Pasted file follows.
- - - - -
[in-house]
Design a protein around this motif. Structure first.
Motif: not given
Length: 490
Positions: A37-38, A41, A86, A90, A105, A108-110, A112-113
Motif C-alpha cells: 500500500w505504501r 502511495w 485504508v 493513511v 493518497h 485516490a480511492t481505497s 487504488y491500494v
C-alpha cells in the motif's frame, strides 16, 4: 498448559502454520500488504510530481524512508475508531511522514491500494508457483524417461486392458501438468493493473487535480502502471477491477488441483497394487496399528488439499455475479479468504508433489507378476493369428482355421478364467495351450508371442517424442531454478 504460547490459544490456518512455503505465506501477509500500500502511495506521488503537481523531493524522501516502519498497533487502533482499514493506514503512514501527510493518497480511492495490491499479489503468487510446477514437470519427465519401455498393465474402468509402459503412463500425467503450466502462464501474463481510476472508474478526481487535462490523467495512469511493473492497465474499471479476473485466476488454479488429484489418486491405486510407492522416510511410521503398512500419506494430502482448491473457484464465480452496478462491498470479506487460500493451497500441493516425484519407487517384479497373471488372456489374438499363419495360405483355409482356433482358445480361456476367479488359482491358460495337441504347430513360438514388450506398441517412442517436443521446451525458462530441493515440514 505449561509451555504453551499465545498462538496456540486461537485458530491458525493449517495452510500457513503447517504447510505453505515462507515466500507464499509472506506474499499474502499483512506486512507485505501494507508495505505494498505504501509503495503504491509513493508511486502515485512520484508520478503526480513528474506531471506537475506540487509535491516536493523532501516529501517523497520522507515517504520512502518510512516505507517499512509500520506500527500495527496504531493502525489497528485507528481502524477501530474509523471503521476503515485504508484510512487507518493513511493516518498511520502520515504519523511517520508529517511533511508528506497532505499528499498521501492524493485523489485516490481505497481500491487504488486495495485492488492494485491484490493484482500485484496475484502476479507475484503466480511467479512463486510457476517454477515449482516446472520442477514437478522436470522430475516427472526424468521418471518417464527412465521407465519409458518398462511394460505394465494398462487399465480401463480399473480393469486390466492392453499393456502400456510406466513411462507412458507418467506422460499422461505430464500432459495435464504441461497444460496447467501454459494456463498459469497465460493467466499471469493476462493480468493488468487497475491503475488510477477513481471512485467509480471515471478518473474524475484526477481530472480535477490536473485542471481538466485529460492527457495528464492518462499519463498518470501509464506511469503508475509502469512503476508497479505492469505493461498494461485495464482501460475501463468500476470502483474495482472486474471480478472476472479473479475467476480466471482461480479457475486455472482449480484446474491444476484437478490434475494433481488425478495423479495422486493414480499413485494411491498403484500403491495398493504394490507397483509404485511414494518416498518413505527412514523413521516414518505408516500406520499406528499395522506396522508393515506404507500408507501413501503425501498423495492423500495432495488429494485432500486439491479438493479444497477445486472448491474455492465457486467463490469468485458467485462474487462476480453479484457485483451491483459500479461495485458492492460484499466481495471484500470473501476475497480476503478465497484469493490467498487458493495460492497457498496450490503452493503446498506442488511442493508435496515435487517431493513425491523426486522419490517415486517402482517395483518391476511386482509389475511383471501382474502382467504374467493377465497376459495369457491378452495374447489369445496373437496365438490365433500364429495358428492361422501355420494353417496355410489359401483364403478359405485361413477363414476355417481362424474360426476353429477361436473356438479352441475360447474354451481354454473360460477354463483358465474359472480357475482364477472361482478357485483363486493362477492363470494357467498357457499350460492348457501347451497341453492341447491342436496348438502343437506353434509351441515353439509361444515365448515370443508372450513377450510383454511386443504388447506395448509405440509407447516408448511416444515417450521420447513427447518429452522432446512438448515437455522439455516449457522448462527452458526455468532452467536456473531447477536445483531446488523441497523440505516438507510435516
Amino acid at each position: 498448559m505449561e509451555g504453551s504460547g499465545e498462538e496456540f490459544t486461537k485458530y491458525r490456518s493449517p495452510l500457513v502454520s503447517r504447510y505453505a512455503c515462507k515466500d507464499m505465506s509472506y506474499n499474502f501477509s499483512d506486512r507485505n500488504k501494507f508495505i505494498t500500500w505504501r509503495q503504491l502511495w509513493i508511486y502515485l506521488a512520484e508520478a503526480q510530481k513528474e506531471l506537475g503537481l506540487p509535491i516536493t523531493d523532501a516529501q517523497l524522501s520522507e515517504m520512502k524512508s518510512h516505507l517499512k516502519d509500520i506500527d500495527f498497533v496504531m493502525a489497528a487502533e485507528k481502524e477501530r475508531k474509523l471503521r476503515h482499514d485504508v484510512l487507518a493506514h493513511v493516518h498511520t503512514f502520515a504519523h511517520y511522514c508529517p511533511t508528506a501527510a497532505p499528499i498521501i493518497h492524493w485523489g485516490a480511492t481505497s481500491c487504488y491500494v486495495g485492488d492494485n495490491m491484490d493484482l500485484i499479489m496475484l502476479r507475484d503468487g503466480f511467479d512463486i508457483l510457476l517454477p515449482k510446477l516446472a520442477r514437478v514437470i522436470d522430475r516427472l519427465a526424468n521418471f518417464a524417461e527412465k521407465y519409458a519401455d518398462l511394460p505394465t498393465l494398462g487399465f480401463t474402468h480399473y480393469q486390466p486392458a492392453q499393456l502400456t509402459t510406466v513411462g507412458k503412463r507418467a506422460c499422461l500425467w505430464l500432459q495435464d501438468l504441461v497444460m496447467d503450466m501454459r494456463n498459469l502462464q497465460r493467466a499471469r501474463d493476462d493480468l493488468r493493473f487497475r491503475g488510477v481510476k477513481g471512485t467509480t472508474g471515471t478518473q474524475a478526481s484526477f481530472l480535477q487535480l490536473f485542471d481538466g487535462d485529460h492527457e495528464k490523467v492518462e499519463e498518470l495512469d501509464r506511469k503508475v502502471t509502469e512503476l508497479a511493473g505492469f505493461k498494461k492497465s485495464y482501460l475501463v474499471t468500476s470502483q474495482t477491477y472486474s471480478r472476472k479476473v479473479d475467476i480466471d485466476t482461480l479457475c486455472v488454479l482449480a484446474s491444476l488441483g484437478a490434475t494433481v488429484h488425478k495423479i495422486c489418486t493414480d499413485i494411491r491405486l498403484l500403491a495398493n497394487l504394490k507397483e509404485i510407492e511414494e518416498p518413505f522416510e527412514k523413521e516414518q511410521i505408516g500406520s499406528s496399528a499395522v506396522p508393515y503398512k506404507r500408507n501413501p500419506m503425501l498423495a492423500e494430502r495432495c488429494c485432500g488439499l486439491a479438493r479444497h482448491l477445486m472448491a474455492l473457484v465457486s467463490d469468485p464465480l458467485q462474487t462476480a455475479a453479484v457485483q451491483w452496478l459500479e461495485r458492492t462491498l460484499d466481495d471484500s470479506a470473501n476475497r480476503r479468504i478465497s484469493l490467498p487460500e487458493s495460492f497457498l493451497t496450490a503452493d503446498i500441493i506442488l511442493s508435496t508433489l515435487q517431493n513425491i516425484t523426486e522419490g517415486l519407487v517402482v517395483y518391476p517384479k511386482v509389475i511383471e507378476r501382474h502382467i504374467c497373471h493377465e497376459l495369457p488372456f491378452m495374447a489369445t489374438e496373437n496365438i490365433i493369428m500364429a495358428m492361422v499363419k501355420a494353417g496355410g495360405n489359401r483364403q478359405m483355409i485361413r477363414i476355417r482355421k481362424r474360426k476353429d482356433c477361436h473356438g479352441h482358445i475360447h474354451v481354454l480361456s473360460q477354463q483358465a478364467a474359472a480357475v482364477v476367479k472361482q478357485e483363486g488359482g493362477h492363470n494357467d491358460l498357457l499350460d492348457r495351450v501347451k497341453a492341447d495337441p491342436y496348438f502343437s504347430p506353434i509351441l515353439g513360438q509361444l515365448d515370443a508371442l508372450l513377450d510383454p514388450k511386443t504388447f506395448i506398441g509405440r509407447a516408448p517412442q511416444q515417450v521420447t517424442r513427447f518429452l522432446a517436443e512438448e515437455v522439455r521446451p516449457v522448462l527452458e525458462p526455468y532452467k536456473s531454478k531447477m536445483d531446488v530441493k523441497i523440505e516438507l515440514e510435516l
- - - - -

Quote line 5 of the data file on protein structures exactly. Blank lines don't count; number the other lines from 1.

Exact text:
Positions: A37-38, A41, A86, A90, A105, A108-110, A112-113